Attorney General Merrick Garland’s choice of a special counsel to continue investigating first son Hunter Biden was likely a violation of the Justice Department’s own rules in the selection of such counsels, legal experts said.

Earlier in the day, Garland appointed U.S. Attorney David Weiss of Delaware, the federal prosecutor who had been at the forefront of the Hunter Biden probes for years. Garland, at a press conference, explained that Weiss would “continue to have the authority and the responsibility that he has previously exercised” and said he requested the appointment earlier in the week.

The Justice Department regulation, which outlines the authority and prerequisites of a special counsel, was similarly employed to critique the 2020 designation of John Durham as a special counsel. His appointment by then-U.S. Attorney General William Barr involved an investigation into the origins of the Trump-Russia probe, a move that took place during his tenure as U.S. attorney for the District of Connecticut.

Fox’s News’ legal analyst, Andrew McCarthy, himself a former U.S. attorney, sharply criticized the decision and questioned the appointment based on established department guidelines.

During his on-air remarks, McCarthy called the appointment a “sham” and highlighted the fundamental aspect of appointing a special counsel, stressing the importance of selecting an individual who is external not only to the DOJ but also to the entire governmental framework.

“This is a sham. There is no special counsel investigation. There is no Biden investigation,” he began.

“What makes a special counsel special is that you’re a lawyer who’s brought in from outside the United States government,” McCarthy continued. Contrary to that foundational idea, he pointed out that Weiss, despite his new title, is still very much a part of the Biden administration, being “a top official in the Biden Justice Department.”

“This is the Biden Justice Department’s vehicle for maintaining control of an investigation that they are not pursuing,” he continued. “They’ve had the case for five years. They’ve never indicted it. They’re strategically allowing the statute of limitations to run to the point that the 2014 and 2015 conduct, which covers most of the $21 million that the congressional investigation report showed this week, that’s already time-barred.”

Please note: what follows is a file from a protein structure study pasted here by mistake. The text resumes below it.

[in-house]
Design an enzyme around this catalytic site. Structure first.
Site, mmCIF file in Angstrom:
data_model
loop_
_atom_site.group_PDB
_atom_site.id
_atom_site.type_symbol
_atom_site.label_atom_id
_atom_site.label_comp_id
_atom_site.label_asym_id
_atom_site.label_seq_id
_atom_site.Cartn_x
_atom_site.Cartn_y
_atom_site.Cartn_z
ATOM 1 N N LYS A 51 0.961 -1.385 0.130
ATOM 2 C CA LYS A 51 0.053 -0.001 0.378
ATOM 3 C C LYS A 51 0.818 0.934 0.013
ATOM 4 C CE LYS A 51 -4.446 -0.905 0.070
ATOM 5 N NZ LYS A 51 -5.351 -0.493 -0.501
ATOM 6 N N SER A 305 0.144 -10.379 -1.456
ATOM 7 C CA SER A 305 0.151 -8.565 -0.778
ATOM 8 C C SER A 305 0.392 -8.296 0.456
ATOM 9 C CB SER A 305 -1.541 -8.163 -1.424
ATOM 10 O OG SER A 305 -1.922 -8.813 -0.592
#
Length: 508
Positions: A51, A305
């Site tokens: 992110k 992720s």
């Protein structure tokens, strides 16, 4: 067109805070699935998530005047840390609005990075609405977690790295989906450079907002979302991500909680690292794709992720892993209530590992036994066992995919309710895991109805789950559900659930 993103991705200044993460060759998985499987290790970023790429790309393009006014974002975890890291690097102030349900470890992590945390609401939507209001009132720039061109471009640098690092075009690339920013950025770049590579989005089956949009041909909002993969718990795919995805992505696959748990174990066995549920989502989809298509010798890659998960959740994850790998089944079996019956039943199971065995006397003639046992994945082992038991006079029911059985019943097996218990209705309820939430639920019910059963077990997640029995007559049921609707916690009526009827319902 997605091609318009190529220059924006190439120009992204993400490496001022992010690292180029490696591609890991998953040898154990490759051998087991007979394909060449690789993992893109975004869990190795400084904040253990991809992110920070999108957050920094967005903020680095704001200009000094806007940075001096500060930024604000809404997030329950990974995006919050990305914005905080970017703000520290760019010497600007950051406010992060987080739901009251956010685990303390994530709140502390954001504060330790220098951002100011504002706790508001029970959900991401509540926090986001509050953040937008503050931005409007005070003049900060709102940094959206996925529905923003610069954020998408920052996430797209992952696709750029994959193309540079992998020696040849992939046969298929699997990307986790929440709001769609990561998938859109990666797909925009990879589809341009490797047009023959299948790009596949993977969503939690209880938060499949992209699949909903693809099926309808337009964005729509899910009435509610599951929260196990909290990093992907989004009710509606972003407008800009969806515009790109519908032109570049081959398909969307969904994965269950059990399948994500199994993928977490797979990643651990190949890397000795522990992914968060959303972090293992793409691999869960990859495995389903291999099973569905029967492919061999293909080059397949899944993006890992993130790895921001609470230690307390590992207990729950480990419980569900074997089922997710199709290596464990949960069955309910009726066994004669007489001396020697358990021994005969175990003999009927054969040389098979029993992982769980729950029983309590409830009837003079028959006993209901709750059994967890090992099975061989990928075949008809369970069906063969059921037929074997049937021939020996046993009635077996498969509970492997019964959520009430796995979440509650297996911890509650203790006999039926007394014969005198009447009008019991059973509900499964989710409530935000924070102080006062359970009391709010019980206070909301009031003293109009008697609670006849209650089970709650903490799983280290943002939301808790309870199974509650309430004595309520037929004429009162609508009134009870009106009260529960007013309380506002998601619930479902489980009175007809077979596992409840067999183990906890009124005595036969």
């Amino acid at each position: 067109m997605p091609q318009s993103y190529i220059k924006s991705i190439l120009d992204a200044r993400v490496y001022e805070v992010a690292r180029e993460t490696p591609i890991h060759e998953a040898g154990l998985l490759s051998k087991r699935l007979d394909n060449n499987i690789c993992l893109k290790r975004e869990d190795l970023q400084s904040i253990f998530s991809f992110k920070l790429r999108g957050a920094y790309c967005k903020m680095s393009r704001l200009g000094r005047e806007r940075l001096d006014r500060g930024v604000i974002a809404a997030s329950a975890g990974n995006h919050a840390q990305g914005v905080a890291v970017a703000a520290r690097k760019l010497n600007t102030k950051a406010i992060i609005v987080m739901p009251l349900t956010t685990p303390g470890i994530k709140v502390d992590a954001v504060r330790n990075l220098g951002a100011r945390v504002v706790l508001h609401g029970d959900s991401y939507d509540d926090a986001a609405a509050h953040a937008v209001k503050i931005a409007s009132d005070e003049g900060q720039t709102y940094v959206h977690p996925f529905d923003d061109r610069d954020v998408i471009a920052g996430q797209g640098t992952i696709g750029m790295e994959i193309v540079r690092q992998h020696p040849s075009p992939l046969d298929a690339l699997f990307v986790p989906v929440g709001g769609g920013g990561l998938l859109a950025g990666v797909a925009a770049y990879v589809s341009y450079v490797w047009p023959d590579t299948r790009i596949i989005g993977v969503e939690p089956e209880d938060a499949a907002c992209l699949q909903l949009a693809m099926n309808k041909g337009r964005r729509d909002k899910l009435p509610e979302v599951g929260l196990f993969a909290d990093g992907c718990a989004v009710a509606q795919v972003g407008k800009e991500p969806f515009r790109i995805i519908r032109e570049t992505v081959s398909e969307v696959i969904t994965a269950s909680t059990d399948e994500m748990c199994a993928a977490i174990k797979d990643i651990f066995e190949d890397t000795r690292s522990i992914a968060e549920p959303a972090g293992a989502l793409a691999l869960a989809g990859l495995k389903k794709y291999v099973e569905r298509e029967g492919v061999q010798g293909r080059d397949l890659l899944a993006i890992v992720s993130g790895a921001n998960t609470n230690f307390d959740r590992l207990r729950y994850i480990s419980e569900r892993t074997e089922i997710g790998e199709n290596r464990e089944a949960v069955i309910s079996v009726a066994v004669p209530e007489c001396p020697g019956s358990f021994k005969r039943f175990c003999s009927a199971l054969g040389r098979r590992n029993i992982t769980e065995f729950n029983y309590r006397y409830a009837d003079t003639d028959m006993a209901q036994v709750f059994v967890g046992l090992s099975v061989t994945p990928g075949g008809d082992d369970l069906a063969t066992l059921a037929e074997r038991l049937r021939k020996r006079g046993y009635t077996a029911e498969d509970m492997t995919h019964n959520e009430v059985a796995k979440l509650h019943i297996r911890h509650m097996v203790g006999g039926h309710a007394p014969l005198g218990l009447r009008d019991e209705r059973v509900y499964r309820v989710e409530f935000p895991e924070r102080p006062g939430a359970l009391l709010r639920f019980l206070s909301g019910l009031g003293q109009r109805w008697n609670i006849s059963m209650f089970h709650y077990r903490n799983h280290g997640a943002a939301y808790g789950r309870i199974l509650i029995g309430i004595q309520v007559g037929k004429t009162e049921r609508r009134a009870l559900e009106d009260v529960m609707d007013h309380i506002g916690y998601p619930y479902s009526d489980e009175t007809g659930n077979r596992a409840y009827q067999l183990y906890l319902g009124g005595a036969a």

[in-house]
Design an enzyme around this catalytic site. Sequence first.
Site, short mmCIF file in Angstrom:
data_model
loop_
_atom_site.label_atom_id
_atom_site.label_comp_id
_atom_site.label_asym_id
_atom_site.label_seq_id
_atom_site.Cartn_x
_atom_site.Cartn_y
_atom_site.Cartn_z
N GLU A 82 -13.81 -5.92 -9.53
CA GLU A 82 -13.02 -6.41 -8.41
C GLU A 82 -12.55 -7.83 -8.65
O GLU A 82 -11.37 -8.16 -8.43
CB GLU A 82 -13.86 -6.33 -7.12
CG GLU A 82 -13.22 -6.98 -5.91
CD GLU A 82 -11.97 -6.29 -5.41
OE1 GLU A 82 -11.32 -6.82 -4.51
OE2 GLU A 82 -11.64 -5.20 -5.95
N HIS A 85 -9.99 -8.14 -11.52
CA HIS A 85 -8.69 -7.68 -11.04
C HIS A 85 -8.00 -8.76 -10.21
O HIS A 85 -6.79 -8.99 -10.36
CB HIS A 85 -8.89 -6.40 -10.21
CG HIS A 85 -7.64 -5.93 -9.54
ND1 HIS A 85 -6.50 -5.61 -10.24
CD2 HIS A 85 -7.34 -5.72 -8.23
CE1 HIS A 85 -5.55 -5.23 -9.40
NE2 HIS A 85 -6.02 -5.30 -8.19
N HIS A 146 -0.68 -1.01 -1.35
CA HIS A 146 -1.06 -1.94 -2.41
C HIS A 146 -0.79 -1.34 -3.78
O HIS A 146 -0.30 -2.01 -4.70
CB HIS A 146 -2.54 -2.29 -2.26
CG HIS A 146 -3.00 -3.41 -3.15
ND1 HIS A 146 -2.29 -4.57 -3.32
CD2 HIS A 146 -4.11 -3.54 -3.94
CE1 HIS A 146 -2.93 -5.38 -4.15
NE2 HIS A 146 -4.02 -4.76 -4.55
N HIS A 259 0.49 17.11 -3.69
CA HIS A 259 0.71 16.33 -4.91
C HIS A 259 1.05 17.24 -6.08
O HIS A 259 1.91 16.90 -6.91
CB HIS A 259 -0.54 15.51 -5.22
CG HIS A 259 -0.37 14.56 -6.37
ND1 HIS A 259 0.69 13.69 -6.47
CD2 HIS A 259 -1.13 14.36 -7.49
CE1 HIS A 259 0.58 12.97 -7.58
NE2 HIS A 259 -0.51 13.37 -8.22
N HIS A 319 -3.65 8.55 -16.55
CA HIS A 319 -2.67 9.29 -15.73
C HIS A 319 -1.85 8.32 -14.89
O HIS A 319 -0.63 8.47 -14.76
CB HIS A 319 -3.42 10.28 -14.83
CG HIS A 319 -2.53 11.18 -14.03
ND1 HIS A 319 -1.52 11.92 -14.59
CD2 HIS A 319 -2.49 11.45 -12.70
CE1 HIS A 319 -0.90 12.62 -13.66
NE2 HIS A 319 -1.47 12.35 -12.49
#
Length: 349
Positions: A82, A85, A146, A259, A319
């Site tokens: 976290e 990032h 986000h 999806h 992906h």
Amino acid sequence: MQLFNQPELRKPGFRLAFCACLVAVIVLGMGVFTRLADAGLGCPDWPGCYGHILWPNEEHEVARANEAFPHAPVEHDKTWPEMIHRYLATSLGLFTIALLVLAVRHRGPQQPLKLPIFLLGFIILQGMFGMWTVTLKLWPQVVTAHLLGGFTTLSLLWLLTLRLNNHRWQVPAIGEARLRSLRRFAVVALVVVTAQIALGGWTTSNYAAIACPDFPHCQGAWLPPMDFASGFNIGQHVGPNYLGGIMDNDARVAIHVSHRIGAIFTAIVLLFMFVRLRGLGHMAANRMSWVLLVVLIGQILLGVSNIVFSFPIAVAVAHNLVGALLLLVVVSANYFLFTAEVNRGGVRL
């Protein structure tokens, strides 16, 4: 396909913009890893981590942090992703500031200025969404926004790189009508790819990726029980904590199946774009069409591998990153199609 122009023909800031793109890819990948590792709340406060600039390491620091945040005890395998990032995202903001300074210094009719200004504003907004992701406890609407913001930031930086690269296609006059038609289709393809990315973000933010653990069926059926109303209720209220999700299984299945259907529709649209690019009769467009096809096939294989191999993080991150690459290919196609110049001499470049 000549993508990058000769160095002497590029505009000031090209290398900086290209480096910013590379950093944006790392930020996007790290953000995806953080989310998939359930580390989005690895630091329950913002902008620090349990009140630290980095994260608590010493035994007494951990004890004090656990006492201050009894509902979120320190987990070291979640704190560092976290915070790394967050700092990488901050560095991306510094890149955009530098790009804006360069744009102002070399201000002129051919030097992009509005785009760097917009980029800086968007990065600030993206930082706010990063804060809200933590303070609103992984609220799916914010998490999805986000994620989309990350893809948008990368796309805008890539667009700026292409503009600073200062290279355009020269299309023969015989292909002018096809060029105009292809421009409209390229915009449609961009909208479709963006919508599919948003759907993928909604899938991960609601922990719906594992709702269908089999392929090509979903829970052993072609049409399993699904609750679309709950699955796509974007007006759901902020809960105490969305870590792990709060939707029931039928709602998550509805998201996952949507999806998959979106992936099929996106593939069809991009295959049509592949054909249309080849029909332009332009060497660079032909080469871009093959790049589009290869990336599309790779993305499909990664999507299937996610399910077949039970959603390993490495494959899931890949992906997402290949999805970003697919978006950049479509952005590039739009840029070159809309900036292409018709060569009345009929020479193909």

In addition, another Fox News legal analyst and former defense attorney, Gregg Jarrett, tweeted that Garland is “defying federal regulations.” He also echoed McCarthy’s assessment.

“So, the fix is in,” he added. “Weiss will continue the obstruction & Biden protection.”

Judicial Watch President Tom Fitton noted

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 that Weiss is “ineligible even under DOJ’s constitutionally deficient special counsel” regulations.

Neal K. Katyal, a former acting Solicitor General and current Georgetown law professor, played a role in formulating the special counsel regulations during his time as a Justice Department staff member in 1999. He had previously argued in The New York Times that John Durham’s appointment as a special counsel was in contravention of these established rules.

The difference is, however, that Durham resigned his position as a U.S. attorney when he was made special counsel; Garland announced Friday that Weiss would continue to serve as one.

Republicans also slammed the appointment as all political and devoid of seriousness and substance.

House Oversight Committee Chairman James Comer, R-Ky., said that Garland’s announcement was “part of the Justice Department’s efforts to attempt a Biden family coverup in light of [House Oversight Republicans’] mounting evidence of President Biden’s role in his family’s schemes selling ‘the brand’ for millions of dollars to foreign nationals.”

“The Justice Department’s misconduct and politicization in the Biden criminal investigation already allowed the statute of limitations to run with respect to egregious felonies committed by Hunter Biden,” Comer continued. “Justice Department officials refused to follow evidence that could have led to Joe Biden, tipped off the Biden transition team and Hunter Biden’s lawyers about planned interviews and searches and attempted to sneakily place Hunter Biden on the path to a sweetheart plea deal.”

“This action by Biden’s DOJ cannot be used to obstruct congressional investigations or whitewash the Biden family corruption,” House Speaker Kevin McCarthy, R-Calif., tweeted Friday.

“If Weiss negotiated the sweetheart deal that couldn’t get approved, how can he be trusted as a Special Counsel?” McCarthy added. “House Republicans will continue to pursue the facts for the American people.”

House Judiciary Committee Chairman Jim Jordan, R-Ohio, added on “X”: “First, David Weiss said he didn’t have the power he needed and wanted special counsel status.

“Then, he said he had all the power he needs. Now, he gets special counsel status because he didn’t really have the power he needs? Something’s not right.”

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